OAKLAND, Calif. - Voters will have a number of options to cast their ballots on Tuesday for the gubernatorial recall election.
Election officials say anyone eligible to vote can cast a ballot on Election Day, even if you've lost your ballot or never received one.
"We have here in California have same-day registration, so they can fill out a form and vote," said Tim Dupuis, the Alameda County Registrar of Voters.
Alameda County will have voting centers where people can vote in person. Other counties will have polling sites in precincts.
Dupuis says nearly half of Alameda County's registered voters had turned in their ballots, with about 430,000 ballots received out of more than 948,000 registered voters. Statewide, according to the firm Political Data INC, about 35% of California registered voters had cast their ballots by Monday night.
In many counties including Alameda County's Elections Office in Oakland, workers are staffing a drive-thru, drop-off site which allowed voters to hand over the ballot to a staff member at a curbside tent who places them into locked boxes.
Both supporters and opponents of the recall are going all out to get voters to turn up at polling sites or turn in their ballots.
In Oakland on Monday, union workers with the SEIU gathered outside their offices on Oak Street for a phone bank and door knock effort.
"We're doing texting, door knocks, precinct walking. We've had hundreds of volunteers already," said David Canham, Exec. Director of the SEIU Local 1021.
In San Francisco, House Speaker Nancy Pelosi stopped at a phone bank at Manny's restaurant in the Mission along with San Francisco Mayor London Breed and other Democrats.
"Don't mess with California. We have a great Governor, so great they decided to recall him. 3316 and they do it in a way that makes this recall a recall of our values," said Speaker Pelosi.
Groups that support the recall are also mobilizing.
"We've identified about 800,000 low propensity voters who are likely Yes voters that unless they get a phone call or a text message or a knock on the door might not return their ballot," said Carl DeMaio, chairman of Reform California Yes on Recall.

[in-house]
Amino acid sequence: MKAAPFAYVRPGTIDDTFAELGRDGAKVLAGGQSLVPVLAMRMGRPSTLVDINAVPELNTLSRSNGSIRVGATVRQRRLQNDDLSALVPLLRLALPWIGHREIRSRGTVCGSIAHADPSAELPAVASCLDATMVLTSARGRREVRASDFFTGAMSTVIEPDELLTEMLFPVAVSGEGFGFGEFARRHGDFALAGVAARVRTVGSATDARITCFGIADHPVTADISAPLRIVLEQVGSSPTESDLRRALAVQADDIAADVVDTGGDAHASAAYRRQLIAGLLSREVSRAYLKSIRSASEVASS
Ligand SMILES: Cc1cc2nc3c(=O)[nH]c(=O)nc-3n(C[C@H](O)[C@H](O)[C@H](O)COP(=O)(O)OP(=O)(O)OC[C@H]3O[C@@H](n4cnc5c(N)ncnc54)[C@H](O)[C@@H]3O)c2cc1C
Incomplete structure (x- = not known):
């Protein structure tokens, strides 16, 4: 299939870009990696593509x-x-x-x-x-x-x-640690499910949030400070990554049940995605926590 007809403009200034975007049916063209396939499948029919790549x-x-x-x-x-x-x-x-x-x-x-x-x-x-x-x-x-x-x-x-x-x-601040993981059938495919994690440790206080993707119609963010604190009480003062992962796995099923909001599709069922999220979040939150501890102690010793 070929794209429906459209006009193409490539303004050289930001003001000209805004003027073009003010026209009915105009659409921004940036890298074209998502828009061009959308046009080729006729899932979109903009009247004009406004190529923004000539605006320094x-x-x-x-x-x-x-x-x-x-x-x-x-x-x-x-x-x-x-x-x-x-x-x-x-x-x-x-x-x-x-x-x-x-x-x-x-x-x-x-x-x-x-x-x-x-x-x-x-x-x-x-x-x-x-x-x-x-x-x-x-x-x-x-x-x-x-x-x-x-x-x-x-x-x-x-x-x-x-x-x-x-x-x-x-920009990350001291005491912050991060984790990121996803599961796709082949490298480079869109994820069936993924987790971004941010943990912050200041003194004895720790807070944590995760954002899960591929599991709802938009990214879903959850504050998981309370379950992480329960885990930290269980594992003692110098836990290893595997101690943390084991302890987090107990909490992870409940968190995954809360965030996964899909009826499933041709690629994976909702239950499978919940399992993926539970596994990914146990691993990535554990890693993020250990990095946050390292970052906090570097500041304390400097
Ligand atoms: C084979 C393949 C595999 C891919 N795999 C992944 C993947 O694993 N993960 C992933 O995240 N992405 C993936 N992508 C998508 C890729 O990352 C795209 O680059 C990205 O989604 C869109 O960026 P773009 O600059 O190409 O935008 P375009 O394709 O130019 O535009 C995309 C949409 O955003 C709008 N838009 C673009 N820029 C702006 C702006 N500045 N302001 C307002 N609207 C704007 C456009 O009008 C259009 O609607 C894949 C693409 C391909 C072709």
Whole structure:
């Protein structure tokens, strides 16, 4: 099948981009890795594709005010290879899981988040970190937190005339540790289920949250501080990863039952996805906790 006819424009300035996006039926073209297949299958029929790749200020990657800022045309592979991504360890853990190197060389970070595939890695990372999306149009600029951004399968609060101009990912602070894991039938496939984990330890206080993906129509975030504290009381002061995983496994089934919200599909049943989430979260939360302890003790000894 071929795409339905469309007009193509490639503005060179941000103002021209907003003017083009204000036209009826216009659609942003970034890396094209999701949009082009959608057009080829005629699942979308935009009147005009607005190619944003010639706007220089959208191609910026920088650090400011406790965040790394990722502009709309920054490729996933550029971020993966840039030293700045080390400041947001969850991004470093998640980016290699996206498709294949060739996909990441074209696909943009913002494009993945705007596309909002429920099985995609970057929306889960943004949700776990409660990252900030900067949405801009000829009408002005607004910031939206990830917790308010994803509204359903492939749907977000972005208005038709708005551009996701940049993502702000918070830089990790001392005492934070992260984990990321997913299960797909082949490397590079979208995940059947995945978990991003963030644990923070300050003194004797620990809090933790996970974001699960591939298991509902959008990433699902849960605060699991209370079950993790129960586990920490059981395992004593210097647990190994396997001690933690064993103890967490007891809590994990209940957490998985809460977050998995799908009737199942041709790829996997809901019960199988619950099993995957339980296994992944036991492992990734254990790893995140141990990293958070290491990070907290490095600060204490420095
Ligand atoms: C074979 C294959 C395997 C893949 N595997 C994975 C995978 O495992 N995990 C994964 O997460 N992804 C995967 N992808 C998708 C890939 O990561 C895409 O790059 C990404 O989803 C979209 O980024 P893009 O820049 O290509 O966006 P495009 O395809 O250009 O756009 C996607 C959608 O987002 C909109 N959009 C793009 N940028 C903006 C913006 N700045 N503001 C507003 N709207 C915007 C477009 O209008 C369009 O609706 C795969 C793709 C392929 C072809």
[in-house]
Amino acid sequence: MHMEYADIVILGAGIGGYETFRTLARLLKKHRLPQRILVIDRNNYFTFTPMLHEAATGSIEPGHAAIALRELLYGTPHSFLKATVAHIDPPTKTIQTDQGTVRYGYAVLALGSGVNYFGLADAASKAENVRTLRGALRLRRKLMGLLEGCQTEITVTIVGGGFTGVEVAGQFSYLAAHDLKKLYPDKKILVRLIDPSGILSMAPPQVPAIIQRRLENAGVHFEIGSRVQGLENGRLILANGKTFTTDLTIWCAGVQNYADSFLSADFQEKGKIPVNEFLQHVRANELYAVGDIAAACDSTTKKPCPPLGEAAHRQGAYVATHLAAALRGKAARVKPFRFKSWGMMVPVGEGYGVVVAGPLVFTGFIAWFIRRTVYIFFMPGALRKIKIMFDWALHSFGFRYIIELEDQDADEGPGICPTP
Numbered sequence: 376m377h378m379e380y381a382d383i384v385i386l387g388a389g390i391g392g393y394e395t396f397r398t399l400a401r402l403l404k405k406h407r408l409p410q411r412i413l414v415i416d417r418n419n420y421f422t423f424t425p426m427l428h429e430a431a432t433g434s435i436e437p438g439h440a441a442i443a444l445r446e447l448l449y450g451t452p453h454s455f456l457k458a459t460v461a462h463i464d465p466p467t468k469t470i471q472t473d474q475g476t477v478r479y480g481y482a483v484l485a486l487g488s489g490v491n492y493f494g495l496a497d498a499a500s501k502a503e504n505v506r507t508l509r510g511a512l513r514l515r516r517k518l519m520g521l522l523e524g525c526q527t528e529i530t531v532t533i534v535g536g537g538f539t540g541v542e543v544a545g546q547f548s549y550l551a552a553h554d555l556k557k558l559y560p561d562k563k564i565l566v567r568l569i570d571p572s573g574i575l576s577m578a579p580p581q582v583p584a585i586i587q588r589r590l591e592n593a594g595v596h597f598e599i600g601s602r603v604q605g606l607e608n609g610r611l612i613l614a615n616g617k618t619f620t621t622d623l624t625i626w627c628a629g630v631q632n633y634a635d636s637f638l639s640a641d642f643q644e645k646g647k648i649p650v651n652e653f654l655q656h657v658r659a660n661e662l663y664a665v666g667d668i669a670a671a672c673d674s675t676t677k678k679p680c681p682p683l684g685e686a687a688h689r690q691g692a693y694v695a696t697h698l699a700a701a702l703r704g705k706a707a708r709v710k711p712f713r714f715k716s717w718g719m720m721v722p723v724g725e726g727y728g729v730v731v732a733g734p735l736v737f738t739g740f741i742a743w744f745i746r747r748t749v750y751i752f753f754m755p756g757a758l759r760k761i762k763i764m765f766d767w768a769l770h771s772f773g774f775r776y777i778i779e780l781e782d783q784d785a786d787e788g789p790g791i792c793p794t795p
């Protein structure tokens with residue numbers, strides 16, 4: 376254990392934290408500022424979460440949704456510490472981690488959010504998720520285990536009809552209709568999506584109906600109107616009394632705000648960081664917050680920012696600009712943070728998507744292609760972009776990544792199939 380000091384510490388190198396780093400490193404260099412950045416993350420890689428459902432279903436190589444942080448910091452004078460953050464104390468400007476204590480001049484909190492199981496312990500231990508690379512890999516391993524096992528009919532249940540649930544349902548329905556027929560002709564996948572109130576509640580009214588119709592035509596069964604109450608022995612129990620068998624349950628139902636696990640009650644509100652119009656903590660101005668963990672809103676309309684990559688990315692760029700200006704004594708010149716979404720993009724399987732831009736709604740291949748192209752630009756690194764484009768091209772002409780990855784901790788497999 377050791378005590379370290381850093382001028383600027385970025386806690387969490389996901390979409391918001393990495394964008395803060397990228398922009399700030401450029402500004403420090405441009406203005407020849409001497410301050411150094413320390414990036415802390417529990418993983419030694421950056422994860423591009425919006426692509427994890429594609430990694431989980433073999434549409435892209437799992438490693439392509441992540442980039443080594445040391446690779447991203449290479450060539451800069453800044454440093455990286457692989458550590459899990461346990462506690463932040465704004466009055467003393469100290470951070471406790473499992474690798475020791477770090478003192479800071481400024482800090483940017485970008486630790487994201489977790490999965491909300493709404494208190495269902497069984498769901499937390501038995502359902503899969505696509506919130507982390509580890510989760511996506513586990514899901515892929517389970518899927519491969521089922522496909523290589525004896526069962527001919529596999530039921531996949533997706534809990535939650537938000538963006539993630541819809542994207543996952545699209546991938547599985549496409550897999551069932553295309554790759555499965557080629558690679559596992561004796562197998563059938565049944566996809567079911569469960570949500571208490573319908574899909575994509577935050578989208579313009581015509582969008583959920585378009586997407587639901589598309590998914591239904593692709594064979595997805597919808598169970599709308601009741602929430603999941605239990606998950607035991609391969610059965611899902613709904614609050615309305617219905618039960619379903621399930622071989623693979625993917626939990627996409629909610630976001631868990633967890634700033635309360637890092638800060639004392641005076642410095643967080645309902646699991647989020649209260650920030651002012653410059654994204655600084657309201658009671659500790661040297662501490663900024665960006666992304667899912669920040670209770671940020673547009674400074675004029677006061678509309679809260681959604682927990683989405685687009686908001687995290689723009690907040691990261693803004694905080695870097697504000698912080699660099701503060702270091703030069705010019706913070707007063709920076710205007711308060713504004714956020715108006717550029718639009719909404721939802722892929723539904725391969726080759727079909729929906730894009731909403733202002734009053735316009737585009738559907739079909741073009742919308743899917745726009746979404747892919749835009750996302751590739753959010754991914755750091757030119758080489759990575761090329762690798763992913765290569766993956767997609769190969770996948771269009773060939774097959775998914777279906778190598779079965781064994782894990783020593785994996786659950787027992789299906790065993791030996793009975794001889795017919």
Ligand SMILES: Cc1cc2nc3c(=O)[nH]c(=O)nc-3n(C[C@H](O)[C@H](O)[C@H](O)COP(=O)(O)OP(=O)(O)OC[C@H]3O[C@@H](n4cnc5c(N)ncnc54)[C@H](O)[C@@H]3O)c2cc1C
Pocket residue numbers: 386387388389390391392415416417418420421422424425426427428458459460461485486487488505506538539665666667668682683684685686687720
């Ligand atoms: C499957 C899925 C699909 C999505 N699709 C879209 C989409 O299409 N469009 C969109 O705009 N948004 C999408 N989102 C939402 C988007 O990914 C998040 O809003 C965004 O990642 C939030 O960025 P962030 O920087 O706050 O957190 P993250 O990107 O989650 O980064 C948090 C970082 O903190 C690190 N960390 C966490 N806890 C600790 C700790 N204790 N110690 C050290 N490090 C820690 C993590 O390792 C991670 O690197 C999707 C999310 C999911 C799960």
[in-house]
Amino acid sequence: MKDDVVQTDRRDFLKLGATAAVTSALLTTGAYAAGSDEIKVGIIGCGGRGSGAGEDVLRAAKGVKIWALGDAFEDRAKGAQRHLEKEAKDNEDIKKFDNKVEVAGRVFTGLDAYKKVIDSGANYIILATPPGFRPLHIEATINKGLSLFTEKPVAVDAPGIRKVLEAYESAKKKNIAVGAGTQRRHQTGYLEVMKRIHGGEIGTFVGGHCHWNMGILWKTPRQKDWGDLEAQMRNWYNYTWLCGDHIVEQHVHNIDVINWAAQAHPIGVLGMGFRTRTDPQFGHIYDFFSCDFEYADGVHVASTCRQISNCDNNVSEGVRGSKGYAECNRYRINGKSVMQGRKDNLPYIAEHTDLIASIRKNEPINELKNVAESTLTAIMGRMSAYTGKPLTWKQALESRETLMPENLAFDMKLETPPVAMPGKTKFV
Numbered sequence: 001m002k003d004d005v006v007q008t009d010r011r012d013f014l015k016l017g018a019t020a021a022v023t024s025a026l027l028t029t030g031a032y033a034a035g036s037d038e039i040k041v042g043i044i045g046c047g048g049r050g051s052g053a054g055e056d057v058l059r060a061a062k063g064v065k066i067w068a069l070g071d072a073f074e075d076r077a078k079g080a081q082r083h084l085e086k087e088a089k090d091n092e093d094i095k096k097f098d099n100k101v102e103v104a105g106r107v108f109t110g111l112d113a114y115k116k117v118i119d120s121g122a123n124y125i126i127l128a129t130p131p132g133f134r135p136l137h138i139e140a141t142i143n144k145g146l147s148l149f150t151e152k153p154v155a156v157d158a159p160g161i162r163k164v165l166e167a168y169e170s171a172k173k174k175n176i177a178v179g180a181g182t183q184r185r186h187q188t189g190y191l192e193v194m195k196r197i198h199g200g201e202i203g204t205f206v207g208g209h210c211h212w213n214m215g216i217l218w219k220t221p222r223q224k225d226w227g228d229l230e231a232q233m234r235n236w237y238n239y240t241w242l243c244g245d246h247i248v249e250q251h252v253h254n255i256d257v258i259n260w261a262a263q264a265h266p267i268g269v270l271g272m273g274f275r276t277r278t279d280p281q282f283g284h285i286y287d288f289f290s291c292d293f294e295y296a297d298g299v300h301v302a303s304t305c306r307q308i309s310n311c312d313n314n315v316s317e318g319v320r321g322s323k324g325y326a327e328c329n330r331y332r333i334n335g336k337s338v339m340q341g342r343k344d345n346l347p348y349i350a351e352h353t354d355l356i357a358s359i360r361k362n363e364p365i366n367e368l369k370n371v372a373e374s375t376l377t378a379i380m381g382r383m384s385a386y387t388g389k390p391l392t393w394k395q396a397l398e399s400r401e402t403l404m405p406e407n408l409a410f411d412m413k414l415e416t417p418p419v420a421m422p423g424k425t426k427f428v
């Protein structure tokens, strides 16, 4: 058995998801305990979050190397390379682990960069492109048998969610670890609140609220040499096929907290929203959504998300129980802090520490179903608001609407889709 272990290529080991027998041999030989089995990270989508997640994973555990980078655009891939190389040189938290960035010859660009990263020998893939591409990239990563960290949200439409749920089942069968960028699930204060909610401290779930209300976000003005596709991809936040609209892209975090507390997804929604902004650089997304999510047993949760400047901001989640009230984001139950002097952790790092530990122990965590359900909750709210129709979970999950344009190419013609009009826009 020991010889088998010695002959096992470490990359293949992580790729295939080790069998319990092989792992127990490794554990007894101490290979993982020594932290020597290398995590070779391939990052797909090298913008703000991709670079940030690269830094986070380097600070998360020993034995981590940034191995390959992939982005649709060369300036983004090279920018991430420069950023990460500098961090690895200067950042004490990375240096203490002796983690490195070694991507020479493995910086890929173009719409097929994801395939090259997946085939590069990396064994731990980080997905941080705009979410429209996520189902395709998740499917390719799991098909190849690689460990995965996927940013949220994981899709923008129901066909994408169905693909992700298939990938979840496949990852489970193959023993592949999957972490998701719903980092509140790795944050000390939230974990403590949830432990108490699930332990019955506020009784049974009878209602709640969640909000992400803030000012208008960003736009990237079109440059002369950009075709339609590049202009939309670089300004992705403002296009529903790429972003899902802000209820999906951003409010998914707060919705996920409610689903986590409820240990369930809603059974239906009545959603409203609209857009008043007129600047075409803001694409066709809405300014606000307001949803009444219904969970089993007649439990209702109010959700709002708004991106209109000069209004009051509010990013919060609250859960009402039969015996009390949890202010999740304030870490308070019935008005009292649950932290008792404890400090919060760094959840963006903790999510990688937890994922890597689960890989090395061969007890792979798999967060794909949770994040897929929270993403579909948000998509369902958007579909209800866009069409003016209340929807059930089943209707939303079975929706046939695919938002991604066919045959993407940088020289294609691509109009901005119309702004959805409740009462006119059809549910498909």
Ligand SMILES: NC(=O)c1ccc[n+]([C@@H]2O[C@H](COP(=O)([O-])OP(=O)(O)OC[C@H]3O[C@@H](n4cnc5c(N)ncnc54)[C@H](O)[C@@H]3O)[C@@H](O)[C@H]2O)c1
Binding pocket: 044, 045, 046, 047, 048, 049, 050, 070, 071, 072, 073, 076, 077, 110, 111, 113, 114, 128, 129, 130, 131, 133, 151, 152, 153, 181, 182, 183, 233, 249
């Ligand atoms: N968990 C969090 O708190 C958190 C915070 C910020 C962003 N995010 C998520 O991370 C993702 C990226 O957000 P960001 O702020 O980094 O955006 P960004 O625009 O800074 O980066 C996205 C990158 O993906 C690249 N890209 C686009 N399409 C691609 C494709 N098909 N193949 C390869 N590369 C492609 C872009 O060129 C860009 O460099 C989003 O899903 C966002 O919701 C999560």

DeMaio says they have made 2 million voter contacts in the past few days.
Republicans such as candidate Larry Elder have suggested there might be election shenanigans, casting doubt on the results before people have voted or ballots have been counted.
Former President Trump issued a statement Monday asking if anyone believed the election isn't rigged.
Some Republicans disagree.
"Frankly, all this talk about the election not being valid is a cul de sac because it's going to result in some people deciding not to vote," said Republican candidate John Cox as he campaigned Monday outside the Capitol..
Election officials say they want to dispel unfounded rumors such as suggestions that drop boxes can be opened with a simple postal key.
"They're unique keys and they're assigned to two-person teams and there's a chain of custody that we enforce," said Dupuis.
"All of the equipment and all the bags that we transport the ballots in have a tamper seal on them," said Dupuis, "If any tampering has happened it will change color, we will know something has happened with that seal."
DeMaio says while he thinks California does a terrible job maintaining voter lists. he disagrees with those who are saying the election is rigged.
"There are issues with the voting system in California but that should not discourage you from casting your ballot. Nobody should tell you that it's a lost cause or that it's rigged. Get out there and vote," said DeMaio.
California has a ballot tracker system which can send voters a text message or email when their ballot is received and counted. The link to sign up is https://california.ballottrax.net/voter/
Associated Press contributed to this report.
Jana Katsuyama is a reporter for KTVU. Email Jana at email@example.com and follow her on Twitter @JanaKTVU or Facebook @NewsJana or ktvu.com.